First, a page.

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River Students

Interviewer: I don't know if you could tell us a little bit about these guys, a little bit about Jack [Arnow] and about Kiet [Voung].

Dykinga: Well, actually, I got a call from Jack — that he had come to a talk I'd given at the Center for Creative Photography. So Jack had really expressed interest in the gallery side of my photography. And then the next thing I know, he's coming on the trip. He said based on what he heard at the Center, he decided to come along on this trip. His photography, was just pretty much pointing and shooting with his 35mm, and I'm sure he had some nice images, but he'd never really approached it very slowly and deliberately like you do with a 4x5. So watching Jack transition in both his photography and his ability to hike, I mean, he just was an inspiration to a lot of people, because, (a) he's older than most of the people on the trip, and (b) he's got this fantastic attitude of you couldn't feed him enough. You know, he just kept drinking it all in. Mixed metaphors! And he just loved the place, loved his ability to get out and kind of touch the place, and then actually record it visually was kind of exciting. I get a phone call from him when he gets back from the trip saying that each image he's looked at has been better than the one prior, and he can actually see the change from the beginning to the end of his trip, that he actually is progressing in his photography. So I mean when you hear stuff like that, God, it just chokes you up.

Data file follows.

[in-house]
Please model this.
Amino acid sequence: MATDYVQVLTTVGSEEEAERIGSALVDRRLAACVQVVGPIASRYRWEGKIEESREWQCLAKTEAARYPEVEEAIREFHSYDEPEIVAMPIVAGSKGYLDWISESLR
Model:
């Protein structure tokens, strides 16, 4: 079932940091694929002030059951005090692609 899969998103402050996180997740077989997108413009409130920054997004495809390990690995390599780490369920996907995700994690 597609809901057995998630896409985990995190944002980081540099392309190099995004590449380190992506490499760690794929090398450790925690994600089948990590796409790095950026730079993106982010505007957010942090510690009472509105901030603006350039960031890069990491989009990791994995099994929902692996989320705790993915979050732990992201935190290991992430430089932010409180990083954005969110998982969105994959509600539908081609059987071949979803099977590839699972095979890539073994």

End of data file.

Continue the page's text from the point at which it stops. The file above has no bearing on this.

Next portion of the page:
Then there was Kiet. I had spoken with him before the trip. He was an interesting guy because he shot with a 4x5, is quite accomplished with a 4x5, had some very rigid rules governing his own photography, and he also has grown during the trip. I mean, he's more willing to try new things and experiment, seeing things in different ways. And then when you hear about his background, here's a guy that fled with his family from Vietnam — I think he was eight years old — and he was a boat person, set adrift with some food and a flare gun, hoping that he'd get picked up and make his way to the Philippines and avoid the pirates and the Cambodians in the process. He actually did make it, and he was picked up by a U.S. tanker, I believe, and spent, I think, eight weeks in an internment camp, kind of as they shook things out and got a sponsor for him. But then basically came to the U.S. with his folks, just about penniless, just a small amount of money. His parents worked two and three jobs and picked themselves up by bootstraps. And, of course, he's now a successful computer programmer, and quite a character to boot. But it's interesting hearing everybody's story, and watching how they relate to this special place. It's a beautiful thing to see.

continued: river students >>









 

behind the scenes / in the footsteps of barry goldwater / the experience
photography / plan your adventure / interview / biography

jack dykinga / leroy dejolie / david muench

 

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